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BMC Genomics. 2009 Jul 7;10 Suppl 1:S1. doi: 10.1186/1471-2164-10-S1-S1.

Prediction of DNA-binding residues from protein sequence information using random forests.

Author information

1
Department of Genetics and Biochemistry, Clemson University, Clemson, SC 29634, USA. liangjw@clemson.edu

Abstract

BACKGROUND:

Protein-DNA interactions are involved in many biological processes essential for cellular function. To understand the molecular mechanism of protein-DNA recognition, it is necessary to identify the DNA-binding residues in DNA-binding proteins. However, structural data are available for only a few hundreds of protein-DNA complexes. With the rapid accumulation of sequence data, it becomes an important but challenging task to accurately predict DNA-binding residues directly from amino acid sequence data.

RESULTS:

A new machine learning approach has been developed in this study for predicting DNA-binding residues from amino acid sequence data. The approach used both the labelled data instances collected from the available structures of protein-DNA complexes and the abundant unlabeled data found in protein sequence databases. The evolutionary information contained in the unlabeled sequence data was represented as position-specific scoring matrices (PSSMs) and several new descriptors. The sequence-derived features were then used to train random forests (RFs), which could handle a large number of input variables and avoid model overfitting. The use of evolutionary information was found to significantly improve classifier performance. The RF classifier was further evaluated using a separate test dataset, and the predicted DNA-binding residues were examined in the context of three-dimensional structures.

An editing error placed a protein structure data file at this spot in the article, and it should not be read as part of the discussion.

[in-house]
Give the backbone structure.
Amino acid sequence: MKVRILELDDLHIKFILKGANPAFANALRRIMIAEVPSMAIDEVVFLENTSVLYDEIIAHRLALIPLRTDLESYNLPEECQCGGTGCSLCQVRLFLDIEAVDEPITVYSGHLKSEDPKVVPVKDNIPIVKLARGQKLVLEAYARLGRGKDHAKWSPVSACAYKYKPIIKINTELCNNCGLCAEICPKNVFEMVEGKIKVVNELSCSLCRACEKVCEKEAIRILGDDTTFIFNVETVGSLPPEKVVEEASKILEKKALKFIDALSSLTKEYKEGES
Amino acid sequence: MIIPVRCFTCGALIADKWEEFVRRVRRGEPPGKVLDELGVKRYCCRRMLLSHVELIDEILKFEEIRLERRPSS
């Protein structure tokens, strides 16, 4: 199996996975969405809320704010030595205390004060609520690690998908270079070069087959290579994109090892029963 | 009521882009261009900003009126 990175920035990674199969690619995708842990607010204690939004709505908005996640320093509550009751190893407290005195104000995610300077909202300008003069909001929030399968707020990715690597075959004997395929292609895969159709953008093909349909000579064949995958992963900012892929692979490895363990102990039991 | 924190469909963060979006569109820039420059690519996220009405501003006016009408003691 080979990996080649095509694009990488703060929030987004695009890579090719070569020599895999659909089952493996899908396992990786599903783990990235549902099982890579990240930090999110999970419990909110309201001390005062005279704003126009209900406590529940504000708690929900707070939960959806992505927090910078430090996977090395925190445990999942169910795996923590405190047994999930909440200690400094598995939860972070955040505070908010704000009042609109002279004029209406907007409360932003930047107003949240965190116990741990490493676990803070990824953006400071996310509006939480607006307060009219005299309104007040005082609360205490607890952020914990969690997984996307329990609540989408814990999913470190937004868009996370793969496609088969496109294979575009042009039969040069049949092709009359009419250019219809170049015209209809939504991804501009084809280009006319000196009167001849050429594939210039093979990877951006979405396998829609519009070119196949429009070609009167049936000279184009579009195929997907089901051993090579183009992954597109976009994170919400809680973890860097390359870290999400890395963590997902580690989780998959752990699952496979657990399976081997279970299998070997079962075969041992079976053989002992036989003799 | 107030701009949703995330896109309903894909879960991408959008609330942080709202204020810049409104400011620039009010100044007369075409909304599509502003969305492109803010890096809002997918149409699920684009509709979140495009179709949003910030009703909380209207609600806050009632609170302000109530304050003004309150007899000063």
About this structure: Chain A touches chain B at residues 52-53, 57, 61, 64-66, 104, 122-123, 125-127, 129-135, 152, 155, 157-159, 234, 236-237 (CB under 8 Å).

CONCLUSION:

The results suggest that the RF-based approach gives rise to more accurate prediction of DNA-binding residues than previous studies. A new web server called BindN-RF http://bioinfo.ggc.org/bindn-rf/ has thus been developed to make the RF classifier accessible to the biological research community.

PMID:
19594868
PMCID:
PMC2709252
DOI:
10.1186/1471-2164-10-S1-S1
[Indexed for MEDLINE]
Free PMC Article
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